The quick change to Portugal also caused a certain restlessness and perplexity in us. Almost too quickly we suddenly found ourselves in a new country and we didn’t really know what we wanted to do here. On the other hand, the new country still took some getting used to for us. After Spain with its mountains and the great variety in a small area we searched in vain for this here in southern Portugal.
So we followed once the south coast to the west. The landscape was a bit too flat for us after what we had experienced, but the hotels at the coastal towns piled up into the sky; there must be a lot going on here probably in the high season and the tourists step on each other’s feet. But when we passed through, it was rather quiet and many facilities or amusement parks were deserted. Even on the many and very extensive golf courses, there were hardly any players to be seen, or the courses were closed. Whether this was due to Corona or simply low season; we do not know.
In a zigzag and always nicely along the side roads, we soon reached Faro and ended up almost unintentionally in the old town with its narrow alleys. To leave the centre, I first measured the width before we passed through a narrow archway before we set off. With the side mirrors folded in, our RuGa (jeep) fitted exactly through the narrow passage and saved us the trouble of reversing through the narrow streets.
Outside on the sand dune there was a lot of activity on the beach and in the village. The people sunbathed extensively at the stand and enjoyed some goodies in the small street cafes. Life was casual and everyone enjoyed the freedom to do as they pleased. For us it was a bit irritating, because even here certain Corona rules would have to be observed and only nice posters along the beach promenade, where the rules of conduct are explained in a short and simple way, probably do not protect 100%.
We searched our luck further west, always looking for the southernmost drivable way. Apart from many tourist strongholds, we found ourselves again and again between extensive golf courses and very fine residential areas. The many right-hand drive vehicles with local licence plates were also striking; probably half of the British aristocracy live here and enjoy the warm temperatures during a relaxed game of golf.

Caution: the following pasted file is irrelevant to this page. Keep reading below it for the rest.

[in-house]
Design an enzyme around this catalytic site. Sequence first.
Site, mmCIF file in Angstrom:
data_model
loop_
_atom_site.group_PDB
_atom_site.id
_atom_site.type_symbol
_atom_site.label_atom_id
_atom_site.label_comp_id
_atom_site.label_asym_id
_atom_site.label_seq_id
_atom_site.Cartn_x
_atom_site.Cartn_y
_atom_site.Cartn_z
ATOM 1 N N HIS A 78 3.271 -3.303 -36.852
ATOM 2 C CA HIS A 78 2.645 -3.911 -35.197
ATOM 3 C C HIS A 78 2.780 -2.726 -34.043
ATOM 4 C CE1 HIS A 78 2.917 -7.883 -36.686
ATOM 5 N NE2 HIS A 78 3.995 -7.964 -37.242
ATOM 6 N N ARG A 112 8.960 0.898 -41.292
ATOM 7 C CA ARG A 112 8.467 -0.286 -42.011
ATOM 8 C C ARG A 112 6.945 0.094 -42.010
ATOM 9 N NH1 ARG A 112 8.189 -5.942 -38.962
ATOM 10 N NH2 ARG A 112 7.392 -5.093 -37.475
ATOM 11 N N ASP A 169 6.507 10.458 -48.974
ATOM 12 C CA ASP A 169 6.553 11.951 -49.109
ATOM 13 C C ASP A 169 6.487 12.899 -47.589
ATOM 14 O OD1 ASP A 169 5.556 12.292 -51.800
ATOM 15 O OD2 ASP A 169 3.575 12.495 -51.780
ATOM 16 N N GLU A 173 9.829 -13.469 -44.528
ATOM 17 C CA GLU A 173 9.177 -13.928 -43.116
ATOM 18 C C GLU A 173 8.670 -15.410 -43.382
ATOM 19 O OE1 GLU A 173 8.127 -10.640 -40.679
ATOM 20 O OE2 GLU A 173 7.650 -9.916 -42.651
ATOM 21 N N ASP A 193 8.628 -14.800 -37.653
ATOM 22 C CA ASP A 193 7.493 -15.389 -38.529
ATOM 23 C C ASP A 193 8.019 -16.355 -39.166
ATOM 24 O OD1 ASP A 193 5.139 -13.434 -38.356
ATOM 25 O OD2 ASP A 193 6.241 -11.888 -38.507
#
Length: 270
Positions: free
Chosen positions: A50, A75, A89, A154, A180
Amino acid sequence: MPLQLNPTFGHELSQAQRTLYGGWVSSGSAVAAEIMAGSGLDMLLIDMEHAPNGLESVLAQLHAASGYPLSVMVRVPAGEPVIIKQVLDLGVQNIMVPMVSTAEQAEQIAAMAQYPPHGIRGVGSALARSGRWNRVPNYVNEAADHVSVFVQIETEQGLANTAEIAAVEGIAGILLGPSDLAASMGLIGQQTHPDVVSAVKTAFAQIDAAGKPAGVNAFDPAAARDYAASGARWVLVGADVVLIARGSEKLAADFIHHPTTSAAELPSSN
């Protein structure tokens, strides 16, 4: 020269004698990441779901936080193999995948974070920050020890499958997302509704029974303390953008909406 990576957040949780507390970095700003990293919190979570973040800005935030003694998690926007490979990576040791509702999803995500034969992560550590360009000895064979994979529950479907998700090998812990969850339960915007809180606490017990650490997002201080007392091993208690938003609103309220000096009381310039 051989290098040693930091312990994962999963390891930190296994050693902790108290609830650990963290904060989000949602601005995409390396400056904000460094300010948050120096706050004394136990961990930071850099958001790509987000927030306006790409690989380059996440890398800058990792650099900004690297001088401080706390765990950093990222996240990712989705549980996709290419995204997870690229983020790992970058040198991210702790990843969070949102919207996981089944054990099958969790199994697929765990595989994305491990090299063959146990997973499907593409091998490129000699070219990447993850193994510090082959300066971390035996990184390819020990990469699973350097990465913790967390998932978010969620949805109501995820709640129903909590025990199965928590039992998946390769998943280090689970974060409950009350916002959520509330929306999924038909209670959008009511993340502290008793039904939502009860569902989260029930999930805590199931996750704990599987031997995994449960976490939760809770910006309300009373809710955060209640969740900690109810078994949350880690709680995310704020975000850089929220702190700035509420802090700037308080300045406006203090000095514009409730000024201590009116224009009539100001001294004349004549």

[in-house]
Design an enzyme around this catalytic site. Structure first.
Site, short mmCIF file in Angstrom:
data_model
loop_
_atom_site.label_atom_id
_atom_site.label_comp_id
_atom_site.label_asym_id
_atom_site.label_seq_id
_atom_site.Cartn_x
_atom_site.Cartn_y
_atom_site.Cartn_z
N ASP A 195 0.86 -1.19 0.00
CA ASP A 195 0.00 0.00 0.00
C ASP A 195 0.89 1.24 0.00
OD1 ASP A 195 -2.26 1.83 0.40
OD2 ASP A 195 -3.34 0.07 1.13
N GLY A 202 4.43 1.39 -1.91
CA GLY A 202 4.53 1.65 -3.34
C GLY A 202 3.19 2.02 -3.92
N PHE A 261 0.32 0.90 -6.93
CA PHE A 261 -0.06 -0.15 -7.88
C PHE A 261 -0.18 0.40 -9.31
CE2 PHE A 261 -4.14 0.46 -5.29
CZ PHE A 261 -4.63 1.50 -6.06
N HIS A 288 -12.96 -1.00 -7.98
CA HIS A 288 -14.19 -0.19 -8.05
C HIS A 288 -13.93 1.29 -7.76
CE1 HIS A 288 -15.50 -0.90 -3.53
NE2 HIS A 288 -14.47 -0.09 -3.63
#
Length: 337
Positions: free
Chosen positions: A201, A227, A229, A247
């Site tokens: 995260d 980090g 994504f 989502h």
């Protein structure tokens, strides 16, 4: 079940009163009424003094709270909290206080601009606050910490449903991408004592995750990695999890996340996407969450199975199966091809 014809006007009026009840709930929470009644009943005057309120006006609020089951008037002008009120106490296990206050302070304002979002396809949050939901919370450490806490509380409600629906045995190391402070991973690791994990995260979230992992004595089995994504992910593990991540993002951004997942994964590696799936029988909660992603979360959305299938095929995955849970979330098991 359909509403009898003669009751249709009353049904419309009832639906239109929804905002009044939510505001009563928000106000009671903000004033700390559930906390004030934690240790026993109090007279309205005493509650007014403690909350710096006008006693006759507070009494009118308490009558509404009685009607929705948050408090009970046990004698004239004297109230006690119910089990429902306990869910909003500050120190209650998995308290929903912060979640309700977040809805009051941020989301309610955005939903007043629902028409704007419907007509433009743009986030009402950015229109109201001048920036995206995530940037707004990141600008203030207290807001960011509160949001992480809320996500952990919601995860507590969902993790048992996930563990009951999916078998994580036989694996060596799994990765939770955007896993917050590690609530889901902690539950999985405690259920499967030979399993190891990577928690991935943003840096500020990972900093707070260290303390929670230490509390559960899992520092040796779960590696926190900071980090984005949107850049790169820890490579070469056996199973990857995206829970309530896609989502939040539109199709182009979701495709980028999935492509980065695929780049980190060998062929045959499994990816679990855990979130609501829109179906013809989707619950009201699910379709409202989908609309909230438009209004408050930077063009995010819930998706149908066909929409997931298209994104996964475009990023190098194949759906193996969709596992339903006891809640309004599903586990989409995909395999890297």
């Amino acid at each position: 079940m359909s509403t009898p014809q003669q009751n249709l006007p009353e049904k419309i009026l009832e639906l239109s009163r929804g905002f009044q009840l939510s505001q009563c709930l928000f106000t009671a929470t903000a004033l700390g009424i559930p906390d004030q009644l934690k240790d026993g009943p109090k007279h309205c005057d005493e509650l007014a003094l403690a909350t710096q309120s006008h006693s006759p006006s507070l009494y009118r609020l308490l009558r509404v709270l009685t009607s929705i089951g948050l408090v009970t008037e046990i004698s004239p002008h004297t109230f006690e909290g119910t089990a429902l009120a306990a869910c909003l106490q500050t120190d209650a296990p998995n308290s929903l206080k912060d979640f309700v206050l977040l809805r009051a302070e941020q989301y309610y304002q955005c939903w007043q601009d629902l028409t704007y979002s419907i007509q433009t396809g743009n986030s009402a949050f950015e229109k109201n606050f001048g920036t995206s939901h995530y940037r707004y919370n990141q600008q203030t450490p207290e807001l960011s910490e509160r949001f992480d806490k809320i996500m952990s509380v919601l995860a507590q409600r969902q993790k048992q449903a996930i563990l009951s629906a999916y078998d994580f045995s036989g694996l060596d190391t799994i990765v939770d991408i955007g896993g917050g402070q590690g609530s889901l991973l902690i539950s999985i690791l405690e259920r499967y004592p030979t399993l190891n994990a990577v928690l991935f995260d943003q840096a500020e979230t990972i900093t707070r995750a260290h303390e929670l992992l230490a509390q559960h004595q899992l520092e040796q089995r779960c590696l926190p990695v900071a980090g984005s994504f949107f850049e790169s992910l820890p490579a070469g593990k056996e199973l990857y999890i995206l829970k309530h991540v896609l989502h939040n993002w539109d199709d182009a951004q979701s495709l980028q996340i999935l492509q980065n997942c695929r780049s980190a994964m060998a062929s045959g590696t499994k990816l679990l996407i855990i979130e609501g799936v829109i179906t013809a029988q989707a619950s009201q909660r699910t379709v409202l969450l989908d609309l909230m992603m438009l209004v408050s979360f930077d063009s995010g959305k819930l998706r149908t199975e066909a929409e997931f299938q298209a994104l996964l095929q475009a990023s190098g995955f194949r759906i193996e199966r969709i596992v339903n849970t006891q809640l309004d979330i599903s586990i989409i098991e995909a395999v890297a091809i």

We slowed down our travel speed and enjoyed the coastal landscape. The more we went westwards, the wilder and more beautiful it became. The surfers replaced the golfers and in every bay they were omnipresent with their campers. According to the number plates on the respective vehicles, these sportsmen came from all European countries and the surfing conditions had to be accordingly good. Again and again we stopped and watched the gliding of the surfers.
In Sagres, the most south-western corner of Portugal, we made a longer stop; time to relax and take care of people and equipment. At the campsite we took our place between campers who wanted to spend the winter here and we were already engrossed in corresponding conversations. The people were really very relaxed and everybody was somehow happy to be far away from all the worldly hysteria. Well, if only it were that easy!
Two days later the easiness was a little over; the Portuguese government issued new regulations and even in the southernmost province there is not only sunshine. It is true that the authorities are very pragmatic in their approach to the measures and cannot be compared with other countries. Despite the money from the tourism business, stricter rules were also announced for freedom-lovers and further threats were already heard from Lisbon.
We were not only in the south-western corner, but we suddenly felt cornered and had no other means of escape!
Rent a bungalow and spend the winter here as well?
>Translated with www.DeepL.com/Translator